The controller learned from a wide range of randomized granular media simulations and showed adaptability to various natural and artificial terrains and demonstrated high-speed walking ability and energy efficiency. (Image: KAIST)

A research team led by Professor Jemin Hwangbo of the Department of Mechanical Engineering at KAIST has developed a quadrupedal robot control technology that can walk robustly with agility even in deformable terrain such as sandy beach.

Professor Hwangbo’s research team developed a technology to model the force received by a walking robot on the ground made of granular materials such as sand and simulate it via a quadrupedal robot. Also, the team worked on an artificial neural network structure, which is suitable in making real-time decisions needed in adapting to various types of ground without prior information while walking at the same time, and applied it on to reinforcement learning. The trained neural network controller is expected to expand the scope of application of quadrupedal walking robots by proving its robustness in changing terrain, such as the ability to move in highspeed even on a sandy beach and walk and turn on soft grounds like an air mattress without losing balance.

This research, with Ph.D. Student Soo-Young Choi of KAIST Department of Mechanical Engineering as the first author, was published in Science Robotics.

Reinforcement learning is an AI learning method used to create a machine that collects data on the results of various actions in an arbitrary situation and utilizes that set of data to perform a task. Because the amount of data required for reinforcement learning is so vast, a method of collecting data through simulations that approximates physical phenomena in the real environment is widely used.

The learned controller was mounted on the robot RaiBo, which was built hands-on by the research team to show high-speed walking of up to 3.03 m/s on a sandy beach where the robot’s feet were completely submerged in the sand. (Image: KAIST)

In particular, learning-based controllers in the field of walking robots have been applied to real environments after learning through data collected in simulations to successfully perform walking controls in various terrains.

However, since the performance of the learning-based controller rapidly decreases when the actual environment has any discrepancy from the learned simulation environment, it is important to implement an environment similar to the real one in the data collection stage. Therefore, to create a learning-based controller that can maintain balance in a deforming terrain, the simulator must provide a similar contact experience.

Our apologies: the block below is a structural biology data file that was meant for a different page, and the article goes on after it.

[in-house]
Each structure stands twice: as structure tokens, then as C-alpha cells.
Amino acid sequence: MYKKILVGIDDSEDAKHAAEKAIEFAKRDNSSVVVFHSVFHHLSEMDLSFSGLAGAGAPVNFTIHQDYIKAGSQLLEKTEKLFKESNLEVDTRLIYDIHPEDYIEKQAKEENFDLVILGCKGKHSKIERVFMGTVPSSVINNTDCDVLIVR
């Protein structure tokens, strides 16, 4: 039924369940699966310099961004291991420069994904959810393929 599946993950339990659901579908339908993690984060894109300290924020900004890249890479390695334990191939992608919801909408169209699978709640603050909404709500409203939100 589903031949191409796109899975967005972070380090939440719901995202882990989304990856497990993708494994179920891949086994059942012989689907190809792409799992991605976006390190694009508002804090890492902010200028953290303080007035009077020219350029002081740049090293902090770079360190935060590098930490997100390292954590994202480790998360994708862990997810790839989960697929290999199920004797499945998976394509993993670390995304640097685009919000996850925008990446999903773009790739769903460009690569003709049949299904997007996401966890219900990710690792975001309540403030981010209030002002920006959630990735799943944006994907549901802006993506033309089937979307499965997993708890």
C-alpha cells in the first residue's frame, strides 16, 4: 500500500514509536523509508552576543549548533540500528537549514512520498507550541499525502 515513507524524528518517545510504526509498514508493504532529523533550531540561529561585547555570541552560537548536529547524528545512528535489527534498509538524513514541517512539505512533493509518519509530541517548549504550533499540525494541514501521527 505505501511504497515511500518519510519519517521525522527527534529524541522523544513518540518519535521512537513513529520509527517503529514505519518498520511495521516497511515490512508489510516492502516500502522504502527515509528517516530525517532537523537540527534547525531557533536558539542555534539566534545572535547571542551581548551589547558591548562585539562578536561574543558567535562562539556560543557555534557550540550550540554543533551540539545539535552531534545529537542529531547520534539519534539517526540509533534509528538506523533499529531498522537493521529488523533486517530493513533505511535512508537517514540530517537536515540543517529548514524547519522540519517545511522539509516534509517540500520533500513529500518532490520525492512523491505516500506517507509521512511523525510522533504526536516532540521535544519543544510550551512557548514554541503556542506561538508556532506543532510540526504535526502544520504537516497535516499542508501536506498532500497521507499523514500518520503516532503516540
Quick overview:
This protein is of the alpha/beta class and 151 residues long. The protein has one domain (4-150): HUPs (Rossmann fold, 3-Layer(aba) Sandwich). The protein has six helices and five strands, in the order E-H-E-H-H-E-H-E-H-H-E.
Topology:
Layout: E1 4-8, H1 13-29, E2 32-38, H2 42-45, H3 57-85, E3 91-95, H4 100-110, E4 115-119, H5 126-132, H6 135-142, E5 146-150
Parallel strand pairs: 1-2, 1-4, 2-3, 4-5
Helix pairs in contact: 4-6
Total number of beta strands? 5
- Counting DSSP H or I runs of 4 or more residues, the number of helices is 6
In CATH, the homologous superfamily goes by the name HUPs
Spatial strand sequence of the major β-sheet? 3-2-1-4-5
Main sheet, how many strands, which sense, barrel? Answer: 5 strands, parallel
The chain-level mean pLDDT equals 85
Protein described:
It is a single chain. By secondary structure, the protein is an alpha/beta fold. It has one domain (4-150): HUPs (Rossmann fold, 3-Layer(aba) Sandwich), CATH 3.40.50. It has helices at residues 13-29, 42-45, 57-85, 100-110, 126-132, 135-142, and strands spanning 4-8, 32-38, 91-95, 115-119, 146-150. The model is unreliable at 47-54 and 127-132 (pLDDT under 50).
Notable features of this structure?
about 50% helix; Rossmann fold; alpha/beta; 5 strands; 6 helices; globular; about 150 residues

The research team defined a contact model that predicted the force generated upon contact from the motion dynamics of a walking body based on a ground reaction force model that considered the additional mass effect of granular media defined in previous studies.

Furthermore, by calculating the force generated from one or several contacts at each time step, the deforming terrain was efficiently simulated.

The research team also introduced an artificial neural network structure that implicitly predicts ground characteristics by using a recurrent neural network that analyzes time-series data from the robot’s sensors.

The learned controller was mounted on the robot ‘RaiBo’, which was built hands-on by the research team to show high-speed walking of up to 3.03 m/s on a sandy beach where the robot’s feet were completely submerged in the sand. Even when applied to harder grounds, such as grassy fields, and a running track, it was able to run stably by adapting to the characteristics of the ground without any additional programming or revision to the controlling algorithm.

In addition, it rotated with stability at 1.54 rad/s (approximately 90° per second) on an air mattress and demonstrated its quick adaptability even in the situation in which the terrain suddenly turned soft.

The research team demonstrated the importance of providing a suitable contact experience during the learning process by comparison with a controller that assumed the ground to be rigid and proved that the proposed recurrent neural network modifies the controller’s walking method according to the ground properties.

The simulation and learning methodology developed by the research team is expected to contribute to robots performing practical tasks as it expands the range of terrains that various walking robots can operate on.

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